Exercising, staying positive, not smoking, not drinking too much coffee, enjoying a healthy diet and maintaining a healthy weight are beneficial ways to manage stress for your physical and mental health. According to the Anxiety and Depression Association of America, exercise and other physical activity produces endorphins — chemicals in the brain that act as natural painkillers — that also improve the ability to sleep, which in turn reduces stress.i

When stress affects the brain, with its many nerve connections, the rest of the body feels it as well. Meditation, acupuncture, massage therapy ... even breathing deeply can cause your body to produce these endorphins, which triggers a positive feeling in your brain.ii

Another great way to fight stress, is to laugh! I’m sure you all have heard the phrase, laughter is the best medicine. Well, according to research at the Mayo Clinic, “Laughter enhances your intake of oxygen-rich air, stimulates your heart, lungs and muscles, and increases the endorphins that are released by your brain."

You can also try to manage your stress through simpler things like a warm bath, aromatherapy, listening to music, or spending time on a favorite hobby.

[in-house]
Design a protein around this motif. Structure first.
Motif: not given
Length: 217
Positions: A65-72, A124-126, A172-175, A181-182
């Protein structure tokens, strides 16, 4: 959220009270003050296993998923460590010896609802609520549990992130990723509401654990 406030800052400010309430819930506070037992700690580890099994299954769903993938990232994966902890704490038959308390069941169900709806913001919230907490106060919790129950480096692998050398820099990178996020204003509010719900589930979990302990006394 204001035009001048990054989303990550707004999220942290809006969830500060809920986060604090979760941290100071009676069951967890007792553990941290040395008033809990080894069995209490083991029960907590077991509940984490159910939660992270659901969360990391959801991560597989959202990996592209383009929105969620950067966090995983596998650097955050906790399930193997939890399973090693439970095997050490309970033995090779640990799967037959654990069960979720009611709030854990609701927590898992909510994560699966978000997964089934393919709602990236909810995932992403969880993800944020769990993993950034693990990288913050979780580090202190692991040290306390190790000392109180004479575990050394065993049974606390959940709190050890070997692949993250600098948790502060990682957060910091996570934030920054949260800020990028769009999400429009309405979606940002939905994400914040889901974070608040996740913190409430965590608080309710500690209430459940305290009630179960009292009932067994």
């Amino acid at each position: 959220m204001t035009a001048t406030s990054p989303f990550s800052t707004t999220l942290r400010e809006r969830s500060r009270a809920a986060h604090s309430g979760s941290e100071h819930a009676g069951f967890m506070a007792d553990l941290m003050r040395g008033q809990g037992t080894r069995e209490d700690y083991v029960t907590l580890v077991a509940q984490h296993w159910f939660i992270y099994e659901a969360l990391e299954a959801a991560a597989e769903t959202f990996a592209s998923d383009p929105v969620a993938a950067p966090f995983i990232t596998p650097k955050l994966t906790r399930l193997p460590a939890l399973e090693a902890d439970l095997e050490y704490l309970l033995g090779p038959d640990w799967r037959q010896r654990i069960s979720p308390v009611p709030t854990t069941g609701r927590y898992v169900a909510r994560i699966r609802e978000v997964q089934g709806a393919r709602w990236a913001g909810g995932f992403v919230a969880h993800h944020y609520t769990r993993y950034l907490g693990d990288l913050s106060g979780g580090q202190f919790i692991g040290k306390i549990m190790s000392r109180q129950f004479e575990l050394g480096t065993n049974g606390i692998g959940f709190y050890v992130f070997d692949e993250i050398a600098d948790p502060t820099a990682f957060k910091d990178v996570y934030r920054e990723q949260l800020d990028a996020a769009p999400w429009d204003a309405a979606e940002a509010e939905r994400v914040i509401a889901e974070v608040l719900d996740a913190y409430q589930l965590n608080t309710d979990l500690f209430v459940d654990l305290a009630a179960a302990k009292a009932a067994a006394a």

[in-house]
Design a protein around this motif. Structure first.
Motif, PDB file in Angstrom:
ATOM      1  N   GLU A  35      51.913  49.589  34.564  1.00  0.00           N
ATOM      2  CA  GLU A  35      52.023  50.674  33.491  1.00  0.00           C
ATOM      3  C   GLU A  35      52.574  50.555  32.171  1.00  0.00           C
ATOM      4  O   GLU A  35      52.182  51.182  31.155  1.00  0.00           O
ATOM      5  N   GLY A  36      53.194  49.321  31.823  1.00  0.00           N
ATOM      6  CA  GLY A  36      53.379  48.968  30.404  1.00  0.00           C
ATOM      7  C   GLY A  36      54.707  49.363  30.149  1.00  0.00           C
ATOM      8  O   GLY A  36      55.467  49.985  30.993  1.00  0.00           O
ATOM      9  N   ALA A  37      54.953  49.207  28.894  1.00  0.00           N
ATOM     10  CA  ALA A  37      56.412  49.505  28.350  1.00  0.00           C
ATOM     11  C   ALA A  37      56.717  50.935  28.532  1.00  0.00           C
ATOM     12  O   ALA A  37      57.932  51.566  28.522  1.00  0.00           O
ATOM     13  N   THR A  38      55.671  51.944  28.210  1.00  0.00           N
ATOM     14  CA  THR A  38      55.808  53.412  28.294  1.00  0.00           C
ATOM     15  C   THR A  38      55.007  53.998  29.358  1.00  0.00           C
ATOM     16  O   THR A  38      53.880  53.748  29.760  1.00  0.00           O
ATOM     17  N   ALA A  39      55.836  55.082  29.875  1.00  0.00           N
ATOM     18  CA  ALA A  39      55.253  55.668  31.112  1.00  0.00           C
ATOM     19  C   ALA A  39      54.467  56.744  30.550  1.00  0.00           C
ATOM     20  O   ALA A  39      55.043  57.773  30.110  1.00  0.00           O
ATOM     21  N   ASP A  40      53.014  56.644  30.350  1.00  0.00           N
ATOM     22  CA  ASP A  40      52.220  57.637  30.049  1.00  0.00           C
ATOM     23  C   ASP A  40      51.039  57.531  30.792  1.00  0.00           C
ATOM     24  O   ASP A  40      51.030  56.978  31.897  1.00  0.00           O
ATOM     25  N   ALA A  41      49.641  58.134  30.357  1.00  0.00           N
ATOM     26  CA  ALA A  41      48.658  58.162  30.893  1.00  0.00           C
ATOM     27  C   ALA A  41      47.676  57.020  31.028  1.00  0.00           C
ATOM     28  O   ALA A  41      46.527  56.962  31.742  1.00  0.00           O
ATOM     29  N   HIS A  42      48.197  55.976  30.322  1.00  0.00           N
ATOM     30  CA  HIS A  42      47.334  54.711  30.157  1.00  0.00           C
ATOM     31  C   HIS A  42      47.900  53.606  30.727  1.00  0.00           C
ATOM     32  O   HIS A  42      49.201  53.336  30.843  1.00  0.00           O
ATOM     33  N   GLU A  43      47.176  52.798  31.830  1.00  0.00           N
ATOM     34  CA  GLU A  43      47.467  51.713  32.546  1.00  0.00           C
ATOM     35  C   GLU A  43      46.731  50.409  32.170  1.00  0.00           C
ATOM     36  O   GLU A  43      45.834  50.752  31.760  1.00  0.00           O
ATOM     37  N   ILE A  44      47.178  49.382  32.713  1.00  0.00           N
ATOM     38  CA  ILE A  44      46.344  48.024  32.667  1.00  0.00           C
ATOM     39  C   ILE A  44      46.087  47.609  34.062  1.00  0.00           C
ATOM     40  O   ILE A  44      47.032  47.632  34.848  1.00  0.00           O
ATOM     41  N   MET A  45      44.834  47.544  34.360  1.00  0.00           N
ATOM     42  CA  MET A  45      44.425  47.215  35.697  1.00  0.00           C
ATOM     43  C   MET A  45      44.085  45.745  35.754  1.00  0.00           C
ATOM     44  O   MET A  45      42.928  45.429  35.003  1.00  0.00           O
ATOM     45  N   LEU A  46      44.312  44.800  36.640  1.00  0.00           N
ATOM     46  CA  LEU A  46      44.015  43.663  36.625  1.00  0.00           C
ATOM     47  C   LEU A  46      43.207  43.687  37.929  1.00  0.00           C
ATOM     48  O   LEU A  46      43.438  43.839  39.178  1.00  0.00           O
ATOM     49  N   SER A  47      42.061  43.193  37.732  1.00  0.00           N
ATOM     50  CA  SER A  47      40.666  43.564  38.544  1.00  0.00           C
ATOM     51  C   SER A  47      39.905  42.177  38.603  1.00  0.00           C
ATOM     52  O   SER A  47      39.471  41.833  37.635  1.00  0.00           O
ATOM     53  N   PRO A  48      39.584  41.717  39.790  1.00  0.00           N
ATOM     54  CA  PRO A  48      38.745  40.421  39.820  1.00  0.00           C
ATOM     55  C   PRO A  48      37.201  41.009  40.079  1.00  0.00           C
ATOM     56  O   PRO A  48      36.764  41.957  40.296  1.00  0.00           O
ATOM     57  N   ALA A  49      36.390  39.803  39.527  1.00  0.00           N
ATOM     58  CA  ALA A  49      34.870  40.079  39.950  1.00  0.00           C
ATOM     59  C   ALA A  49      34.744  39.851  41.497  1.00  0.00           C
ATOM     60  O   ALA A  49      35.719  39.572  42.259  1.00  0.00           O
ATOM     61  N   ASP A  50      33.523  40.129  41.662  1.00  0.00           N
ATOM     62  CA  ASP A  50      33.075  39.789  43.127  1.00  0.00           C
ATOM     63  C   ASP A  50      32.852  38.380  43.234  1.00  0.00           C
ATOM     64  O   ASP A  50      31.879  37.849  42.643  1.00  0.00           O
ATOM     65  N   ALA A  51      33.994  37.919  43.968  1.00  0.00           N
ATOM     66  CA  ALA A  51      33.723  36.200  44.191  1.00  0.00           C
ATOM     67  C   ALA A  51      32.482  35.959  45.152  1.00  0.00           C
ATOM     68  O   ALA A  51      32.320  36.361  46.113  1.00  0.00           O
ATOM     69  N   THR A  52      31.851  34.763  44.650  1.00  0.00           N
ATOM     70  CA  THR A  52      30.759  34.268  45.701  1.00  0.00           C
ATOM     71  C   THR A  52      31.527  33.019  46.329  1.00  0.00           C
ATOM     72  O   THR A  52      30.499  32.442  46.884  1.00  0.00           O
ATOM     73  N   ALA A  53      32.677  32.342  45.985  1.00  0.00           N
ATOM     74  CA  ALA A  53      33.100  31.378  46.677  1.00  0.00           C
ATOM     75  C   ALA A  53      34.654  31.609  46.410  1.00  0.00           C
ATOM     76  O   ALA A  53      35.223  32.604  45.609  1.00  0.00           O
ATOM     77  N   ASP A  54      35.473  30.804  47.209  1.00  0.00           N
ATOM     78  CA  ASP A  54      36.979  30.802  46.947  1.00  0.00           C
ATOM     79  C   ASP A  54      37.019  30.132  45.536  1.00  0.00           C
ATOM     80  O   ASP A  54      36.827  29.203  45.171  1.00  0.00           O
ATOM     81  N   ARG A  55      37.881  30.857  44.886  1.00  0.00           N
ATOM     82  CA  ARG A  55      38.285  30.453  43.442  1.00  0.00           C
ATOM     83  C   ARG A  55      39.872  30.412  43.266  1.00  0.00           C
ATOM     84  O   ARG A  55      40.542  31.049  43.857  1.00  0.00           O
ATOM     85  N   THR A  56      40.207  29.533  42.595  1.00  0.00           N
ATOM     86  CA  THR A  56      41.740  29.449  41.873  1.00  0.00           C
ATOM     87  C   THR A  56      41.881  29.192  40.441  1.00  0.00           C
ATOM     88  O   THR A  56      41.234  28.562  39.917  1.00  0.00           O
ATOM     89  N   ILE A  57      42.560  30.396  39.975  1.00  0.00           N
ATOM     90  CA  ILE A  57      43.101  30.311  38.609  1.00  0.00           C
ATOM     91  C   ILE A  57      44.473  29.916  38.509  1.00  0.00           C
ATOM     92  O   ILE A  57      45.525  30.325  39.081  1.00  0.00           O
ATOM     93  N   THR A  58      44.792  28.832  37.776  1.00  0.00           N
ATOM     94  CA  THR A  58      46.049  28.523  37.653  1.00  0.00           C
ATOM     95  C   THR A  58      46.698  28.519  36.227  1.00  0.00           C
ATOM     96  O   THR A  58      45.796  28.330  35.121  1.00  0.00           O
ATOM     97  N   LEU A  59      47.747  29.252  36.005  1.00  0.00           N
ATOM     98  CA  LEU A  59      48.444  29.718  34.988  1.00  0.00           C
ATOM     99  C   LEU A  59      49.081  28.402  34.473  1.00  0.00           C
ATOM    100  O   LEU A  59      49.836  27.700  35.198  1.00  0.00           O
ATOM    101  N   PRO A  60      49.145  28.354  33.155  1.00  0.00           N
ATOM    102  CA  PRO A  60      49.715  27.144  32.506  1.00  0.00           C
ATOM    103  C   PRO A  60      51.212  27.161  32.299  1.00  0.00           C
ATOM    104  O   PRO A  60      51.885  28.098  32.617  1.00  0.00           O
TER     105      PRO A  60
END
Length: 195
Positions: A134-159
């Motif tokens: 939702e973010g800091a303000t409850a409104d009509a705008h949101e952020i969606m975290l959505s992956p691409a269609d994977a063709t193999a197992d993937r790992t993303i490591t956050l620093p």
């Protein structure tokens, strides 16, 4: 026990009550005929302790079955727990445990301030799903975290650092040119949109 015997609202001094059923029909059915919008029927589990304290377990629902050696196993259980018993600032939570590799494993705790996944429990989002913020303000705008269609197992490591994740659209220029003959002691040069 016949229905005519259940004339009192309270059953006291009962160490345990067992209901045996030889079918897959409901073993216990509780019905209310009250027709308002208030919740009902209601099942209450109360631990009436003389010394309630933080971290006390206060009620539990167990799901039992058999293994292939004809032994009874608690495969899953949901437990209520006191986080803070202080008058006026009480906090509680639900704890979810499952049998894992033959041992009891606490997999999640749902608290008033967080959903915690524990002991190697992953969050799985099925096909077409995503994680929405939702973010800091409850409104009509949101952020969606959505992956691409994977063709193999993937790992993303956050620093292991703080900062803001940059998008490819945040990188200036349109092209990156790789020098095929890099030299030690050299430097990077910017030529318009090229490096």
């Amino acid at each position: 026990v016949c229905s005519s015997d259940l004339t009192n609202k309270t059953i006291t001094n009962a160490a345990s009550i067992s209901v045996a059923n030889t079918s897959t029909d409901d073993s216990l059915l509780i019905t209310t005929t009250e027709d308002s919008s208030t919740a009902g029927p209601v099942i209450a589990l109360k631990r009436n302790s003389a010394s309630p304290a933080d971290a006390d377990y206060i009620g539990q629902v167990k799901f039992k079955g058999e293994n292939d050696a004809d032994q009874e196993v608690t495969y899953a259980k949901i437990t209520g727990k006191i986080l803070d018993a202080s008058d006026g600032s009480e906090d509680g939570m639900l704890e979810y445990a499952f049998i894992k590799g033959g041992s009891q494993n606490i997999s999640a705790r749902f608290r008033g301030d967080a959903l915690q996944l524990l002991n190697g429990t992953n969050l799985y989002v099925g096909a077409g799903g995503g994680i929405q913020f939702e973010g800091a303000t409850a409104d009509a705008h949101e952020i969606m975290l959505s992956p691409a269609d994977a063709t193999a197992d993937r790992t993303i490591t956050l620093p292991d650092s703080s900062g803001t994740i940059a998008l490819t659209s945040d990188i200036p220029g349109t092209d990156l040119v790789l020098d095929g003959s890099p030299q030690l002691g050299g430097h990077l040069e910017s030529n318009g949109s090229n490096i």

Overall Productivity at Work and School

When you feel overwhelmed and overly stressed, it will ultimately affect the amount of work you can get done. “Employees suffering from high stress levels have lower engagement, are less productive and have higher absenteeism levels than those not working under excessive pressure.”iii Stress from an impending deadline, or the need to complete projects, are the main triggers for stress in the professional world. Rather than being stressed and constantly anxious about these milestones, make time to learn how to manage stress through time management, a strong support system and positivity.

When we feel a perceived lack of control over our lives, we become highly stressed. Time management can help combat stress, because it not only allows us to realistically appraise the time we have, but it also allows you to re-evaluate priorities, lay out all tasks, and stay ahead of procrastination! Making a to-do list and planning for tasks allows you to find what is essential to be completed. It also allows you to find what tasks may be unnecessary. Setting aside ten minutes at the beginning and end of your day allows you to maintain the list in a relatively small amount of time.